As researchers continue to adapt, conduct and design their research in the presence of COVID-19, new opportunities to connect research creativity and ethics have opened up. Researchers around the world have responded in diverse, thoughtful and creative ways–adapting data collection methods, fostering researcher and community resilience, and exploring creative research methods.
This book, part of a series of three Rapid Responses, explores dimensions of creativity and ethics, highlighting their connectedness. It has three parts: the first covers creative approaches to researching. The second considers concerns around research ethics and ethics more generally, and the final part addresses different ways of approaching creativity and ethics through collaboration and co-creation.
The other two books focus on Response and Reassessment, and Care and Resilience. Together they help academic, applied and practitioner-researchers worldwide adapt to the new challenges COVID-19 brings.
Indigenous Criminology is the first book to comprehensively explore Indigenous people’s contact with criminal justice systems in a contemporary and historical context. Drawing on comparative Indigenous material from North America, Australia and Aotearoa New Zealand, it addresses both the theoretical underpinnings to the development of a specific Indigenous criminology, and canvasses the broader policy and practice implications for criminal justice.
Written by leading criminologists specialising in Indigenous justice issues, the book argues for the importance of Indigenous knowledges and methodologies to criminology, and suggests that colonialism needs to be a fundamental concept to criminology in order to understand contemporary problems such as deaths in custody, high imprisonment rates, police brutality and the high levels of violence in some Indigenous communities.
Prioritising the voices of Indigenous peoples, the work will make a significant contribution to the development of a decolonising criminology and will be of wide interest.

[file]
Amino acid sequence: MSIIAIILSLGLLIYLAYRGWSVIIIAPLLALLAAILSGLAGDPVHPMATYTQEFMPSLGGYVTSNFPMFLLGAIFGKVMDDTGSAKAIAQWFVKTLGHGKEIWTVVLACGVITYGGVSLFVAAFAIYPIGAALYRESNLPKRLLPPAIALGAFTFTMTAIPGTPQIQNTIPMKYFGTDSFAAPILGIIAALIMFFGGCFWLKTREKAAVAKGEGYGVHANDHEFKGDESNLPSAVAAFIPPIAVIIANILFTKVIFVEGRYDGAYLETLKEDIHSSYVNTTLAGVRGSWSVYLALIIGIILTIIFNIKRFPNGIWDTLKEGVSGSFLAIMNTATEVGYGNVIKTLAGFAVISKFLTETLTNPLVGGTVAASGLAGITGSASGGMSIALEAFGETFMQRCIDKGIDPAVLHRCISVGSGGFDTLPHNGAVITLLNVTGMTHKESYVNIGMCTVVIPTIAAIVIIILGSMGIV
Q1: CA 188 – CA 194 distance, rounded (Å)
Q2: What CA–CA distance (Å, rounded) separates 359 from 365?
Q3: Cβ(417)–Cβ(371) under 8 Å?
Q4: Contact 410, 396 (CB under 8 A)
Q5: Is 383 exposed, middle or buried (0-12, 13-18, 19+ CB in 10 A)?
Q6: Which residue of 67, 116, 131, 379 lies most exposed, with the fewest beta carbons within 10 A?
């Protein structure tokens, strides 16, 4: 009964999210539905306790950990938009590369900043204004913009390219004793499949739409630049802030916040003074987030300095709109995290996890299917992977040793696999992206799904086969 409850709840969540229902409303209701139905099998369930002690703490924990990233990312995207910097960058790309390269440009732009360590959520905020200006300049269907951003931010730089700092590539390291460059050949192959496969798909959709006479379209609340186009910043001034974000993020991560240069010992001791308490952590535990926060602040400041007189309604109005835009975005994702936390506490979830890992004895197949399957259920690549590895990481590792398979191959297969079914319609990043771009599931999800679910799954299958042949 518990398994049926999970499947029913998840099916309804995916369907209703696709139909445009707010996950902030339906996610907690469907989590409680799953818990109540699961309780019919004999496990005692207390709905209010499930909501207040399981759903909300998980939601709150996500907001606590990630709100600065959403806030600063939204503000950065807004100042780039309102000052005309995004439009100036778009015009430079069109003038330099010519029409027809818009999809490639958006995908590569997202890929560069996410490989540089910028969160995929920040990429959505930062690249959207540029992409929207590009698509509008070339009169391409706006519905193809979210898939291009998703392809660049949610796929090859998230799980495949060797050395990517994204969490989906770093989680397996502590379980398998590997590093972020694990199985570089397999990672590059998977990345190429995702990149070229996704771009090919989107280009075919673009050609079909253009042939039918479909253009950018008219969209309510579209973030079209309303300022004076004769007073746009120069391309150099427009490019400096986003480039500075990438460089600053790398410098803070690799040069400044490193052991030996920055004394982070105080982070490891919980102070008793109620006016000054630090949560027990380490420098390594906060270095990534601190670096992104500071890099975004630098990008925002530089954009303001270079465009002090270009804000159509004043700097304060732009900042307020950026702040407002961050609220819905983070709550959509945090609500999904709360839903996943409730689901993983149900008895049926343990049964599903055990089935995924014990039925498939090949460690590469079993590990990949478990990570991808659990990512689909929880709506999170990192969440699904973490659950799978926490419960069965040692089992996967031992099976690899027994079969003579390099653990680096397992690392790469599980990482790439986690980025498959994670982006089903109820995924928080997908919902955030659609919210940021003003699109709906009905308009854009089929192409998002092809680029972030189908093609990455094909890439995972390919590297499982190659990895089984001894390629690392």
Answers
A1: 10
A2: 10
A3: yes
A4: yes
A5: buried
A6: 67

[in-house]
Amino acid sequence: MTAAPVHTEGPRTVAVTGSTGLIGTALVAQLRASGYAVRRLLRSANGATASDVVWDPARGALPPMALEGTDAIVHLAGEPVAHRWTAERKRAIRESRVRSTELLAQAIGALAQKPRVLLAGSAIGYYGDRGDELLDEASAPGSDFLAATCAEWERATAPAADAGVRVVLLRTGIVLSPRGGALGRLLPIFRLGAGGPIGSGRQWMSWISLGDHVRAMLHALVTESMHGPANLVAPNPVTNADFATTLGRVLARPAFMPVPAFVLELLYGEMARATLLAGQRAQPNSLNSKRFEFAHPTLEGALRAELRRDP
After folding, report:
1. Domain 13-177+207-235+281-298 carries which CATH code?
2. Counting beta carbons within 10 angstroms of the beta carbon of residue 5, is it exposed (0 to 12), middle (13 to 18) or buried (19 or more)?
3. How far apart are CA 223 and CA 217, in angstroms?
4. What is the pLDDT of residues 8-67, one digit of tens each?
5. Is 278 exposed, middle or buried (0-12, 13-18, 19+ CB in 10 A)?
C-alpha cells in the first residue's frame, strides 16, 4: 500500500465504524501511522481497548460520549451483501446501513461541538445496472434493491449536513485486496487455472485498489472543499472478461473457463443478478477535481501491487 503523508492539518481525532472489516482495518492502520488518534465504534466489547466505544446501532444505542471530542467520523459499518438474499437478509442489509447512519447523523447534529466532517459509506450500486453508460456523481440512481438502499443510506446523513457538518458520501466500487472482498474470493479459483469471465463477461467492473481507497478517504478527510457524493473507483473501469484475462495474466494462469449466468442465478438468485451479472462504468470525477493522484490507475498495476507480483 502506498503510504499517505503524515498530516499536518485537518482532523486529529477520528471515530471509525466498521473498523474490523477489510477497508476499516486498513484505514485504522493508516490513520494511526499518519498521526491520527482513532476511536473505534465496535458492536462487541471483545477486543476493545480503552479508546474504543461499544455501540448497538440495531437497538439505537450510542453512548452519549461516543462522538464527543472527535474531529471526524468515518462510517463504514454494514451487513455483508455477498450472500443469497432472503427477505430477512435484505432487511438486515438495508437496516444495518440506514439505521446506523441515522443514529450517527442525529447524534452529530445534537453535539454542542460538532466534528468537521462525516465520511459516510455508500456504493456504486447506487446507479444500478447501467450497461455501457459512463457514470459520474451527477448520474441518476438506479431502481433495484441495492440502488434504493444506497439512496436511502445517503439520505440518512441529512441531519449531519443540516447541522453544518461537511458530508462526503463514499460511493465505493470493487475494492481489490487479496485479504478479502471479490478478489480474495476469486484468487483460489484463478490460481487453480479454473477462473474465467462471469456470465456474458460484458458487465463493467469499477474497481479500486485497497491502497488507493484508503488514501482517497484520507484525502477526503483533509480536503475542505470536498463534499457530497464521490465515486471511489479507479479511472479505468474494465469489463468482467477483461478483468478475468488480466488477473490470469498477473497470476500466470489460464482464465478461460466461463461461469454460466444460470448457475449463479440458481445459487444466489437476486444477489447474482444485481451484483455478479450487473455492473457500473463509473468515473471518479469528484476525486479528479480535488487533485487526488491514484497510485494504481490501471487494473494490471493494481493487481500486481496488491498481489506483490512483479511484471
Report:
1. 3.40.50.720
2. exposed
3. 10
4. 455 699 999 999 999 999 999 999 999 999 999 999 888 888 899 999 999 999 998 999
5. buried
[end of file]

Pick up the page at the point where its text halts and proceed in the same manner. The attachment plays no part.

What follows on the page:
This original book is the first comprehensive integration of political theory to explain indigenous politics. It assesses the ways in which indigenous and liberal political theories interact to consider the practical policy implications of the indigenous right to self-determination.
Providing opportunities for indigenous peoples to pursue culturally framed understandings of liberal democratic citizenship, the author reveals indigeneity’s concern for political relationships, agendas and ideas beyond the ethnic minority claim to liberal recognition. The implications for national reconciliation, liberal democracy, citizenship and historical constraints on political authority are explored. He also shows that indigeneity’s local geo-political focus, underpinned by global theoretical developments in law and politics, makes indigeneity a movement of forward looking transformational politics.
This innovative, theoretically sophisticated and vibrant work will influence policy and scholarly debates on the politics of indigeneity and indigenous rights and will be of broad international interest to a transcultural, transnational and global phenomenon.
The 1983 Pine Gap Women’s Peace Camp held in central Australia was inspired by Greenham Common Women’s Peace Camp in the UK and conceived as one of its international support actions. In this chapter, however, I want to reorient this origin story to remember it as a protest site on Aboriginal land rather than one primarily derived from Greenham Common. Protest camps are capable of holding multiple meanings and reorienting the focus can produce new insights and engagements. This particular feature, of Australia’s relatively recent colonising history, differentiates the politics of Australian protest camps from other global protests. Taking three key ‘scenes’ from the archives of the Pine Gap protest camp around racism, men and policing, this chapter constructs key encounters between women protestors through their entanglements and engagements while doing feminism on Aboriginal land.
inquiry and co-research-creation. These impossible times showed the benefit of a co-research creative space in which young people can do the kind of research they want to do where they want to do it.
The SciCurious Research Project acknowledges and pays respect to the Traditional Owners of the lands upon which our campuses are situated at The University of Melbourne. We acknowledge that Aboriginalsovereignty has not been ceded. We are grateful for trust and support from Science Gallery Melbourne and Science Gallery International. We would like to